Frank Bittner: The man and his legacy

Susan M. Bautz
Posted 1/31/18

HURLOCK — When someone we care about passes away, there is a hole in the universe where they once stood. When Frank Bittner died unexpectedly on Jan. 4 at the age of 64 the hole was deep and wide. …

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Frank Bittner: The man and his legacy


HURLOCK — When someone we care about passes away, there is a hole in the universe where they once stood. When Frank Bittner died unexpectedly on Jan. 4 at the age of 64 the hole was deep and wide. Frank was a large presence in the world – physically, intellectually, and emotionally.

His contacts were legendary. He could reach a politician by dialing a private phone number; the press corps was equally available to him. No one escaped his interest and if someone had a particular talent and another person had a specific need, Frank was there to match them up.

His friend, Elaine Eff, folklorist and founder of the Painted Screens Society of Baltimore, called him a “connector” and indeed he was.

Frank touched people’s lives in ways that most of us can’t. He could be loud, friends called it “emphatic,” when he had a cause or an opinion. He had many friends, many causes, and many opinions.

Among his closest friends was legendary Earl Brannock. Frank spent countless hours sorting out Earl’s vast collection of naval books, papers, and artifacts. When Earl died Frank ensured that his funeral would be a fitting tribute to a special man. It was.

He lived multiple lifetimes in his 64 years. Frank was interested in and conversant about scores of topics: Politics, wood graining, Baltimore’s Polish community, history, books, clocks, telephones, electronics. He even researched the history of Baltimore’s marshmallow topped snowball.

Born in Curtis Bay on “the other side of the bridge,” Frank’s unique talents and creative brain were frequently underestimated. This was a well-educated man whose passion for history was exceeded only by his interest in electronics. He designed and installed music, public address systems and zoned networks in the Baltimore-Washington area, including the White House.

He loved the Baltimore of his youth. He celebrated its Polish community when he hosted Polish radio broadcasts as a young teenager. In 1971 he created East Baltimore Christmas with Santa in a horse drawn “arabber wagon” leading a procession of well-wishers who stopped for cheer at each local Polish landmark. The event continues today via the Polish Community Association of Maryland with attendance often topping 1,000.

During the Donald Schaefer-era Frank joined the Baltimore Office of Special Projects and learned the skills of raising money and volunteers for community parties when he launched the first Baltimore City Fair.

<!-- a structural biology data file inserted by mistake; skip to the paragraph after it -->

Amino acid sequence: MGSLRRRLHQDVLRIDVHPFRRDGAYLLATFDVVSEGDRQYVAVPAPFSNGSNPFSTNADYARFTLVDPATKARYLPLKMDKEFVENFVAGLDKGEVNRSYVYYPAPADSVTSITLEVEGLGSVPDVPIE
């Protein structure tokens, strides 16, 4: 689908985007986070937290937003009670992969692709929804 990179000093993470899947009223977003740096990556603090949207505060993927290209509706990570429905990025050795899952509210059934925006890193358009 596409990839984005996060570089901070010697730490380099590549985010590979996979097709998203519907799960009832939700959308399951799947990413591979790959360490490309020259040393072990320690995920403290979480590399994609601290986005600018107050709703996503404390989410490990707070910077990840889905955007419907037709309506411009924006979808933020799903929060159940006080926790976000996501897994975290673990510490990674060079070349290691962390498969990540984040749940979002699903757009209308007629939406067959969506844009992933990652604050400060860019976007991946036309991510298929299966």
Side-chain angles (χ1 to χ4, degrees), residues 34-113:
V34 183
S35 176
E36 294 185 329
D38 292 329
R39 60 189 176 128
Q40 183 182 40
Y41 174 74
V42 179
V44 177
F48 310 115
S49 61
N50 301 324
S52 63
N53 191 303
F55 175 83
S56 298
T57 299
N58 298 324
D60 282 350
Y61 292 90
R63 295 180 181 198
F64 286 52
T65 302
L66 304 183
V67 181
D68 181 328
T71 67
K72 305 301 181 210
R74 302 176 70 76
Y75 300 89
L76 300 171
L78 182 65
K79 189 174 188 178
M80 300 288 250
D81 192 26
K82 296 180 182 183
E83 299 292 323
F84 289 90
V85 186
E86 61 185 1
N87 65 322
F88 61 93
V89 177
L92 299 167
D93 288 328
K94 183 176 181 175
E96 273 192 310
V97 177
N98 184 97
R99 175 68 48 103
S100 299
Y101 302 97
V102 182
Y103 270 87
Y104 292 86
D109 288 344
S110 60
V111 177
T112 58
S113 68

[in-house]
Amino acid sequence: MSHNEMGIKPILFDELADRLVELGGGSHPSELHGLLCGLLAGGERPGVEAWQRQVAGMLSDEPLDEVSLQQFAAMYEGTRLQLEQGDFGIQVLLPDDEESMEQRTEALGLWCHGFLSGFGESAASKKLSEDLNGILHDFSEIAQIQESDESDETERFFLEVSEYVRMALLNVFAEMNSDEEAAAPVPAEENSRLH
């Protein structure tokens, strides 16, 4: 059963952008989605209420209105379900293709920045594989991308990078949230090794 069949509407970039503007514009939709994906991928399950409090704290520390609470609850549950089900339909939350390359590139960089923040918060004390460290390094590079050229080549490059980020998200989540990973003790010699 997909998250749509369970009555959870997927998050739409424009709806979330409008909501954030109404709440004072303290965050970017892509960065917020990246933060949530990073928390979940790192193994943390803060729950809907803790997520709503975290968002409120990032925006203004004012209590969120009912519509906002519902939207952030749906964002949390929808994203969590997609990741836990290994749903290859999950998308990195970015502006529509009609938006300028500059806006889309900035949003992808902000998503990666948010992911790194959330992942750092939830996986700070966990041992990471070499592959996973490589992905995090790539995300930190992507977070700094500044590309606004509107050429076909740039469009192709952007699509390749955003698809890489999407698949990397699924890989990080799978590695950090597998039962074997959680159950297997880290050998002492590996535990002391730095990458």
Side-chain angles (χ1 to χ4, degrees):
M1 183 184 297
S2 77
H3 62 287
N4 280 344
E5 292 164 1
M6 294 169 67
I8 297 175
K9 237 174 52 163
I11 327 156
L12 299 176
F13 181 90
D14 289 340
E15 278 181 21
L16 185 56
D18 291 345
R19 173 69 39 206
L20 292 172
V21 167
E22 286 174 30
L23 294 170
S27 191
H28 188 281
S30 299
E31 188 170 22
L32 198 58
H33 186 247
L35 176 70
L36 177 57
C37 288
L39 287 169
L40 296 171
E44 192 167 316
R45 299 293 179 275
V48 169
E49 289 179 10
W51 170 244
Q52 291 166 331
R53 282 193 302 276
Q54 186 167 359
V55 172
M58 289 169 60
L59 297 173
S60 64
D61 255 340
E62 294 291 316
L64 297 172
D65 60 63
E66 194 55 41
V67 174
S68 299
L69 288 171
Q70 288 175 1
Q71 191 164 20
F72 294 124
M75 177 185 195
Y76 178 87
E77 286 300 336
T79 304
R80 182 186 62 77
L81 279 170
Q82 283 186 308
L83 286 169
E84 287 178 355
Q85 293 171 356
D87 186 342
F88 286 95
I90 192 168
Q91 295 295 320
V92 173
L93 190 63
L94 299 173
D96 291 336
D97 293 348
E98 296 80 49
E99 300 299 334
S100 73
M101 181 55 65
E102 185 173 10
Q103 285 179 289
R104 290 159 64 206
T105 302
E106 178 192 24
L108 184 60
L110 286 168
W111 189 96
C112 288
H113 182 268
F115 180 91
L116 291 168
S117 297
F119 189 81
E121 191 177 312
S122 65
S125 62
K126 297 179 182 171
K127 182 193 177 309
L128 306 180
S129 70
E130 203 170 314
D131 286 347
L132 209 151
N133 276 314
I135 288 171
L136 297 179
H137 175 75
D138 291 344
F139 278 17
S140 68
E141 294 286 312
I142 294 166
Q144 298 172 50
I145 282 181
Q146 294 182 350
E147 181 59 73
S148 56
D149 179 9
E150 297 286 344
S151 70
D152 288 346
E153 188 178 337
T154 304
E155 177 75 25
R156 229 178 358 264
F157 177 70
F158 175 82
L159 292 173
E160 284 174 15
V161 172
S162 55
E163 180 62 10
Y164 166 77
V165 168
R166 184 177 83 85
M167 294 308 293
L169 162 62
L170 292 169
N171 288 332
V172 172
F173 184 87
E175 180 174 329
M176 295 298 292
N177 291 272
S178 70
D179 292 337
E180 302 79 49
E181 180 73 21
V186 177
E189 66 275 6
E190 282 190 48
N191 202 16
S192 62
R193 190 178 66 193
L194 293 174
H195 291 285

A robbery gone wrong over 25 years ago nearly killed Frank. He was beaten on his head with a pipe and spent months in the hospital and years recovering. Seeking peace and tranquility he moved to Hoopers Island for a while. In typical Frank fashion he learned the history of the south county.

That was followed about 20 years ago with a move to Hurlock in the north county where, because of his avid interest in accountability in politics and community service he founded the Hurlock Citizens' Association.

In recent years, Frank distinguished himself as a wood grainer, reviving a dying folk art. Both his father and grandfather applied their signature faux finishes to window frames, doors and vestibules in Baltimore.

Frank’s achievements stand out via the doors of the Dorchester County Courthouse, local churches, boat sterns, private homes, and museums throughout the region. He loved teaching the art and hoped the tradition would be carried on by his apprentices.

In the early 2000s Frank discovered Anna Ella Carroll whose history as a confidante and advisor to President Abraham Lincoln was once taught in Dorchester County schools. In 2009 he organized a small group of senior citizens, the Friends of Anna Ella Carroll, to host the world premiere of Lost River, Ms. Carroll’s life story, produced by Bruce Bridegroom and starring well-known actor Fritz Klein. Bucking popular opinion that the event would only draw 50-100 viewers, he booked the Hyatt Regency and on Nov. 20, 2010, the movie played to over 1,200.

Based on that event’s success, state and national organizations asked the Friends to represent the Maryland heroine during the Sesquicentennial Observance of Civil War. This was a major step forward in achieving the original group’s quest for formal Congressional recognition of Ms. Carroll’s contributions. The project culminated in 2017 when Anna Ella Carroll was officially recognized by the War College in Fort Belvoir, Va.

Frank knew hundreds of people. He maintained friendships that spanned decades. His friends included the stray and feral cats that inhabit the wilds of Hurlock. The giant man was a tender softie who could be quick tempered and obstinate. Who cared? The guy was unique.

Frank believed: “To be happy you must let go of what’s gone. Be grateful for what remains. Look forward to what’s coming next.”

Editor's note: Sandy Saunders contributed to this article.

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